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ACC’s chemical prioritization tool: Helpful, but flawed and off the mark for EPA to use without TSCA reform

Richard Denison, Ph.D., is a Senior Scientist.

As I noted in my last post, the American Chemistry Council (ACC) issued its own “prioritization tool” in anticipation of the Environmental Protection Agency’s (EPA) public meetings  to get input on the approach it will use to identify additional chemicals of concern under its Enhanced Chemicals Management Program.

In the context of TSCA reform, various actors in the industry have long called for prioritization, often saying they support EPA’s ability to get off to a quick start on identifying chemicals for further work – only to propose schemes that are more likely to do the opposite.

ACC itself has over time come off as a bit schizophrenic on prioritization, apparently being for it before they were against it.  ACC’s release of its tool puts it squarely back in the pro-prioritization camp, but just what is it proposing?  My sense is it’s after something quite different from what EPA proposes, and frankly, different from what EPA is currently capable of deploying, given its limited authority and resources under TSCA.  In this sense, ACC’s proposal is more relevant in the context of TSCA reform, where we presumably would have an EPA with a mandate to review all chemicals in commerce, the authority to readily get the data it needs, and the resources required to execute the kind of comprehensive prioritization scheme ACC proposes.

But setting that disconnect aside for the moment, let’s delve a bit deeper into the ACC proposal on its own merits.  Read More »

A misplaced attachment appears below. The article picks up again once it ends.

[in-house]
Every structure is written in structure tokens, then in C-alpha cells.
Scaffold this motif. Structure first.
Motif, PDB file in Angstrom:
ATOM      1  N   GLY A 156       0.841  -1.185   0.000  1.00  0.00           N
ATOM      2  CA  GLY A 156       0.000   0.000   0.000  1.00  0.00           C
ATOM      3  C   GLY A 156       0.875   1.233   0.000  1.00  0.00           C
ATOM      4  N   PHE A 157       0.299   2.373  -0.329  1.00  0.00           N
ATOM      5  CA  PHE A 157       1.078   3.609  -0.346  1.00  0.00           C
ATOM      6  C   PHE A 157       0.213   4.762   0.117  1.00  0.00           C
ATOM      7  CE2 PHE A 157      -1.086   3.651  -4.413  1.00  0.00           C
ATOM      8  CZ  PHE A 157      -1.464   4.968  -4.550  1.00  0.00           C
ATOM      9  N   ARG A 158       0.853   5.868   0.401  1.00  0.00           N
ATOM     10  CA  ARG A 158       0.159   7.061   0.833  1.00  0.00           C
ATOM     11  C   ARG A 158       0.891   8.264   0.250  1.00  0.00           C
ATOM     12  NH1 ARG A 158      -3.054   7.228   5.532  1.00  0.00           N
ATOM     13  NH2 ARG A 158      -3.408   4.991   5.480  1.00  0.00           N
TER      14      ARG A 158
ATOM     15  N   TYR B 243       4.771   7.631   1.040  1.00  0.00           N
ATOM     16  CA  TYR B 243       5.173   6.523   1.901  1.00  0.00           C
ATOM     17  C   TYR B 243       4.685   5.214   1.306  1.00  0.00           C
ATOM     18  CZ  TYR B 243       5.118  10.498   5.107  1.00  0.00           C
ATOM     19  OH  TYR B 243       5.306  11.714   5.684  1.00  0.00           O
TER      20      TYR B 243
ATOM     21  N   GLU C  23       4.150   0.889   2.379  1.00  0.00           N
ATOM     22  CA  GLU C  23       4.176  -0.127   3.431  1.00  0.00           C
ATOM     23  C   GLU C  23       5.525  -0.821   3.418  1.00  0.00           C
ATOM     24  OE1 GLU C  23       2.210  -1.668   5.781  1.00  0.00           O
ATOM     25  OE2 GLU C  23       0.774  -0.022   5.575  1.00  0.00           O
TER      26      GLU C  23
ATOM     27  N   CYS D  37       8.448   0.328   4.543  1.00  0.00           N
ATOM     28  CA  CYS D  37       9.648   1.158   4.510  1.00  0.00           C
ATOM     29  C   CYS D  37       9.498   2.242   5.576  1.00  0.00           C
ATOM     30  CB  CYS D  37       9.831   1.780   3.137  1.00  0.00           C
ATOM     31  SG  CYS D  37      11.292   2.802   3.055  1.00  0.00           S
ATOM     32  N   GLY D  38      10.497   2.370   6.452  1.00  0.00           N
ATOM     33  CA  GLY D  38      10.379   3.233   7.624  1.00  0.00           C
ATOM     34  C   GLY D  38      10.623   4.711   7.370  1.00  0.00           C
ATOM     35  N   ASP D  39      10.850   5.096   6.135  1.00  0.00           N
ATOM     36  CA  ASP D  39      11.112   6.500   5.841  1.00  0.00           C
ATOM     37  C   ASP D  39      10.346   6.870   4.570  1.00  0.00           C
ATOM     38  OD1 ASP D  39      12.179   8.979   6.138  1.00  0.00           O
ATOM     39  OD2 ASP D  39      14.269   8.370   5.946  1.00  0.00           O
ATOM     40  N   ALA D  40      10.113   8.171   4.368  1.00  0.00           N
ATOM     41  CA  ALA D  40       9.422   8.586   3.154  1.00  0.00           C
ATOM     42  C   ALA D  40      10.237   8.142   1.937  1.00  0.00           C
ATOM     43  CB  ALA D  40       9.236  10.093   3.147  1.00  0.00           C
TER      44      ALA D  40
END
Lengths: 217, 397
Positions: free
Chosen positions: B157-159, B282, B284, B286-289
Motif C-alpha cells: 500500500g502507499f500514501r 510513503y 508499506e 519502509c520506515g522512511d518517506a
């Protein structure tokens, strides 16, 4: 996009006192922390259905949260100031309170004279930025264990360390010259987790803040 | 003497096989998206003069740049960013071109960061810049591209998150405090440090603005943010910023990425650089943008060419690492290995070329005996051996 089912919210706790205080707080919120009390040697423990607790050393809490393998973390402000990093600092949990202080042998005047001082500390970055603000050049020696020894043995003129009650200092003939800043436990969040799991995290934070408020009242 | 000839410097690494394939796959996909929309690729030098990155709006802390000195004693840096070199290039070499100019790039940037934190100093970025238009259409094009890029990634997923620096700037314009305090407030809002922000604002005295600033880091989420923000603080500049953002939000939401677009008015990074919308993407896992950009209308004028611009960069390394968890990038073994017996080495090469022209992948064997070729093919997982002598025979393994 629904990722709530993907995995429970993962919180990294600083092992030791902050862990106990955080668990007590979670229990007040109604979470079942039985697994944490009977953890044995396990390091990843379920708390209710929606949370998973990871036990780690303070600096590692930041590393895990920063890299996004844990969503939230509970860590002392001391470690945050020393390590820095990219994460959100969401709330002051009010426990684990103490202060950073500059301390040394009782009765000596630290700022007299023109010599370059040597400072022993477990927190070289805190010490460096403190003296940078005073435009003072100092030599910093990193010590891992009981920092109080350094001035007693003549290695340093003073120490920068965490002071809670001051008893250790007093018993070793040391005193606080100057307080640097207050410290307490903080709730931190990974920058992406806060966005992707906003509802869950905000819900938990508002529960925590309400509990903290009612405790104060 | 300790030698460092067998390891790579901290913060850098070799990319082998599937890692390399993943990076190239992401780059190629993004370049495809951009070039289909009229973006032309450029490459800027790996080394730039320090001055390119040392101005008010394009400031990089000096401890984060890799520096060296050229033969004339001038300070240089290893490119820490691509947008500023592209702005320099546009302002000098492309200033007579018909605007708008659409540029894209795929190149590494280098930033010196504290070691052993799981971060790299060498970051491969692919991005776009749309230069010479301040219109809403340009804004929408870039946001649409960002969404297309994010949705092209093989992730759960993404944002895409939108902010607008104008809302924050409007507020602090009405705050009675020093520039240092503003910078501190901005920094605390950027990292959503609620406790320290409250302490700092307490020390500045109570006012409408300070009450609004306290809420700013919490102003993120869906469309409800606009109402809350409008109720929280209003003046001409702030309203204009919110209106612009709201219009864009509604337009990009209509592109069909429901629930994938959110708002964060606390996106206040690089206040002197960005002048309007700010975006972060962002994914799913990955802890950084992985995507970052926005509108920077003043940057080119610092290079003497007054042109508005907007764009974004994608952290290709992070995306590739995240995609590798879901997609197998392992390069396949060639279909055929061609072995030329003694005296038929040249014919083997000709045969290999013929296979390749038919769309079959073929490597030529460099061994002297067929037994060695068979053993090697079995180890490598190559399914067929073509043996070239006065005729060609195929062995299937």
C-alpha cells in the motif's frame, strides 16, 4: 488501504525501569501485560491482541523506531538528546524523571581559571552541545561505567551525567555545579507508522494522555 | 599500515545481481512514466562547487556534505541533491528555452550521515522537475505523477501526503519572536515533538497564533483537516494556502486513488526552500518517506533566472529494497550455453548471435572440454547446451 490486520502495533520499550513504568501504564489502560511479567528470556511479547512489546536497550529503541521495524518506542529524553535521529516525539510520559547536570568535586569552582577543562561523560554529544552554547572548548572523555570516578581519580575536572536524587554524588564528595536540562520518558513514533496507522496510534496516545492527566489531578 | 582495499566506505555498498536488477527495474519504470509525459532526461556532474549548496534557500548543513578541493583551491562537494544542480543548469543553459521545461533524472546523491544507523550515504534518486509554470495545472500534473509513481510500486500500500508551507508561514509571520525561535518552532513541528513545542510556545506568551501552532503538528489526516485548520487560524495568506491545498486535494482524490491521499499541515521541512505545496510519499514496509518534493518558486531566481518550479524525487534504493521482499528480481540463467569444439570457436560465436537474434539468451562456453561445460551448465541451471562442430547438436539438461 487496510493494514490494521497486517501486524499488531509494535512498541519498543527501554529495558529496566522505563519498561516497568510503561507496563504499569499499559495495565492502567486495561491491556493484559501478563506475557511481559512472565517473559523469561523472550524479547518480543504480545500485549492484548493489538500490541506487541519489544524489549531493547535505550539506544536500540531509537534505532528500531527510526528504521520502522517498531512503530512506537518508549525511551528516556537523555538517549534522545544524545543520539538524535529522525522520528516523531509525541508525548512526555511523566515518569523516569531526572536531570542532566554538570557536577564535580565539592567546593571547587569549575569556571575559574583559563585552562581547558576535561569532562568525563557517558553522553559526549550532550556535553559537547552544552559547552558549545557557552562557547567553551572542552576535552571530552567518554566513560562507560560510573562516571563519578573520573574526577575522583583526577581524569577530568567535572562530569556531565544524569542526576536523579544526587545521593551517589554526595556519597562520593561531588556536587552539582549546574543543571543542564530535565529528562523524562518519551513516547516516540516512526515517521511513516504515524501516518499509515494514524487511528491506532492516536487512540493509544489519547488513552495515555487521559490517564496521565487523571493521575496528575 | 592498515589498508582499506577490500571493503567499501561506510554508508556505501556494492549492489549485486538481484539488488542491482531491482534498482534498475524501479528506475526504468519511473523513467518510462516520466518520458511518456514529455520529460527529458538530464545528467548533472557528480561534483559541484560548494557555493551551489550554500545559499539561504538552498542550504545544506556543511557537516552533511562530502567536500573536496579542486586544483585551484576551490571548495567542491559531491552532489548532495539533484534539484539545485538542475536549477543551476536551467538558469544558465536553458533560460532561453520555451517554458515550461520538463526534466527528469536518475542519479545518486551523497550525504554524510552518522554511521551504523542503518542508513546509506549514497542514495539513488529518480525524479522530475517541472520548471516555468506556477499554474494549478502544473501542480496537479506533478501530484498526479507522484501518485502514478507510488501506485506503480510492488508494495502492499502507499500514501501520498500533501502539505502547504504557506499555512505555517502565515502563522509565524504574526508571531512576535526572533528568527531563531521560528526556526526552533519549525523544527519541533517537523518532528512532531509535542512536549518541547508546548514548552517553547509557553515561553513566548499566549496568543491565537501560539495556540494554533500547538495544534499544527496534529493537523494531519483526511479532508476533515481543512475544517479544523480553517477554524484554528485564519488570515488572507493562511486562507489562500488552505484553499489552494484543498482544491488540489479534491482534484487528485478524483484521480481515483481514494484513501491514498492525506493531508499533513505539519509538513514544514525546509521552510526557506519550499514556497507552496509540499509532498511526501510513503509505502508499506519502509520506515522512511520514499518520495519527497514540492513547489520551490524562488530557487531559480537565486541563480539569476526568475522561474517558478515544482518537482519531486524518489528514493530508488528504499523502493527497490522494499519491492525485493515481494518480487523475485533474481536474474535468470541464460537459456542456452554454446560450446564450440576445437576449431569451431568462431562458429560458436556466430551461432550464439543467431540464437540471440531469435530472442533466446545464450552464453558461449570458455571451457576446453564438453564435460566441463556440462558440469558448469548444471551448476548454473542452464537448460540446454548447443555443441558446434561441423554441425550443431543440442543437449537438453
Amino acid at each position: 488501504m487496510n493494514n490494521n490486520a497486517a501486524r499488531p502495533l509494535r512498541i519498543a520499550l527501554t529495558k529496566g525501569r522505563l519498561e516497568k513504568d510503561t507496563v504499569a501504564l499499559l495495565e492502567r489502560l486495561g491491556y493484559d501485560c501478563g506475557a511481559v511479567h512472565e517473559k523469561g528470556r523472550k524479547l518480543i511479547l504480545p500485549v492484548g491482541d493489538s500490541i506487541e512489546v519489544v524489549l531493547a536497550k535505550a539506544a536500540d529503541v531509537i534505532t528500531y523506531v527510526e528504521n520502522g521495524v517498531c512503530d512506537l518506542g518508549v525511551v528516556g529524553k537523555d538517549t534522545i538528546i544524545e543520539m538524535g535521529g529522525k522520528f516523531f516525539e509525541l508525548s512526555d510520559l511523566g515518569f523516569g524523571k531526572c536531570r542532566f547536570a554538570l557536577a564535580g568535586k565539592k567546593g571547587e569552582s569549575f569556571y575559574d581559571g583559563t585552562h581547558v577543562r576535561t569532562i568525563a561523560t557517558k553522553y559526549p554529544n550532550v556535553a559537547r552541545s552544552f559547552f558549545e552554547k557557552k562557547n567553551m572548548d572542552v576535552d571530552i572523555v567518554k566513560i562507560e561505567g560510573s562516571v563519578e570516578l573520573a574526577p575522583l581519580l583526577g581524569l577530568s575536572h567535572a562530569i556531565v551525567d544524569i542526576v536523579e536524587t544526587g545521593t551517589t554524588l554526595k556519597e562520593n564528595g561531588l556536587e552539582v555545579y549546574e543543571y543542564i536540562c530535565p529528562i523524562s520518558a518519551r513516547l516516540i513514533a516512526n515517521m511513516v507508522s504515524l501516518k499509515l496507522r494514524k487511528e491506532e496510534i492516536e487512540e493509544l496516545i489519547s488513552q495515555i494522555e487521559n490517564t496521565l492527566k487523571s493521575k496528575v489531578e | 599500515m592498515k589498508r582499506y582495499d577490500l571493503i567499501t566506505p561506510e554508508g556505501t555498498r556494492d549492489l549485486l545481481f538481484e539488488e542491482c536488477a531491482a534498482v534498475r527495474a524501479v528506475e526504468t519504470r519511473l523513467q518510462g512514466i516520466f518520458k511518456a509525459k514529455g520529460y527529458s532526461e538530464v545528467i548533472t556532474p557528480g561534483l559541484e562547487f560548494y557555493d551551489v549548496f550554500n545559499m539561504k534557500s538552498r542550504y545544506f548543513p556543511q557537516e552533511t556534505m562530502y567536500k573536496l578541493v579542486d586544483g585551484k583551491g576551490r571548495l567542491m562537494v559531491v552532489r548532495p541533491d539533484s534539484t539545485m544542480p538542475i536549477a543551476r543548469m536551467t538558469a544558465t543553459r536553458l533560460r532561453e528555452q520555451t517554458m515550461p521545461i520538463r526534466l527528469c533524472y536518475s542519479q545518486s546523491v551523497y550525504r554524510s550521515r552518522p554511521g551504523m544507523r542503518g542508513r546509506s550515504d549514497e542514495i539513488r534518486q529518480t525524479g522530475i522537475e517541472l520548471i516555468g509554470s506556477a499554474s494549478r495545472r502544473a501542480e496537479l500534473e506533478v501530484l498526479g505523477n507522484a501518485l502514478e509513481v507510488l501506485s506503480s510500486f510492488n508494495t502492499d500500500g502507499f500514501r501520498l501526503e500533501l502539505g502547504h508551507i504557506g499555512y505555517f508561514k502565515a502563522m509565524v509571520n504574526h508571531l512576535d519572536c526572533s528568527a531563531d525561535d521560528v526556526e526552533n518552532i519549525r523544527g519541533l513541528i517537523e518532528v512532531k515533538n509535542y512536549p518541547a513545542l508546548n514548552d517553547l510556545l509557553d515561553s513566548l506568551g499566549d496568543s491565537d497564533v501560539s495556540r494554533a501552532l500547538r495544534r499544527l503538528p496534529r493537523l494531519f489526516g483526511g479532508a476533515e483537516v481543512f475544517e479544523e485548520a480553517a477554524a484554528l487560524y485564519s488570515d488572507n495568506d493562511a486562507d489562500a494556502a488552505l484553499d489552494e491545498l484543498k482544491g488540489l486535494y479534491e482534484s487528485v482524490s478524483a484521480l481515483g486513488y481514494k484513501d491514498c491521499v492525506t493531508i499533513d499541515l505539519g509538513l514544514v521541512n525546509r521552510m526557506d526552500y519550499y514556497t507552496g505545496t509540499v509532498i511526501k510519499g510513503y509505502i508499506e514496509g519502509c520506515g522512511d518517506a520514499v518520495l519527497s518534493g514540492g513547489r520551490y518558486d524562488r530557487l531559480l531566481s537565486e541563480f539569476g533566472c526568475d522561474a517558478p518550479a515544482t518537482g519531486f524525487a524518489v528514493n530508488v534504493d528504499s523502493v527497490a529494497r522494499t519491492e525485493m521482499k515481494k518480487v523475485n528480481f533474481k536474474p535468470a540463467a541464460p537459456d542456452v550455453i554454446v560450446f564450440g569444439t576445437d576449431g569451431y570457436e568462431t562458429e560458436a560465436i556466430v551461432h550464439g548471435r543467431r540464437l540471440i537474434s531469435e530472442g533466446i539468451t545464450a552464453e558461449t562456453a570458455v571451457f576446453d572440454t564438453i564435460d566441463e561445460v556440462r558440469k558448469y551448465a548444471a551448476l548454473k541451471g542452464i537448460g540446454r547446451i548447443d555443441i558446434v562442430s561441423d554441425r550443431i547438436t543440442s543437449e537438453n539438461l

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Avoiding paralysis by analysis: EPA proposes a sensible approach to identifying chemicals of concern

Richard Denison, Ph.D., is a Senior Scientist.  Thanks to my colleagues Jennifer McPartland and Allison Tracy for their analysis of the EPA proposal discussed in this post.

Last week, the Environmental Protection Agency (EPA) held stakeholder meetings to get public input into the criteria it will use to identify additional chemicals of concern beyond the 11 chemicals or chemical classes it has already identified.  EPA used these meetings (as well as an online forum open until September 14) as an opportunity for the public to respond to a “discussion guide” it issued in August that sets forth draft criteria and identifies data sources it intends to use to look for chemicals that meet the criteria.

The day before the EPA meetings, the American Chemistry Council (ACC) issued its own “prioritization tool” which lays out its own criteria and ranking system for identifying chemicals of concern.  This post will make a few observations about EPA’s proposal.  My next post will provide a critique of ACC’s proposed tool.

EDF and the Safer Chemicals Healthy Families coalition strongly support EPA in this endeavor – both for what it is, and for what it is not.    Read More »

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Why is OMB blocking EPA from using even its limited authority under TSCA?

Richard Denison, Ph.D., is a Senior Scientist.

On May 12 of this year, the Environmental Protection Agency (EPA) sent a proposed rule to the Office of Management and Budget’s (OMB’s) Office of Information and Regulatory Affairs (OIRA) for its review, which is supposed to be completed within 90 days.  The proposed rule is not considered a major rule, is classified as “not economically significant,” imposes no unfunded mandates and is unequivocally allowed under EPA’s statutory authority under the Toxic Substances Control Act (TSCA).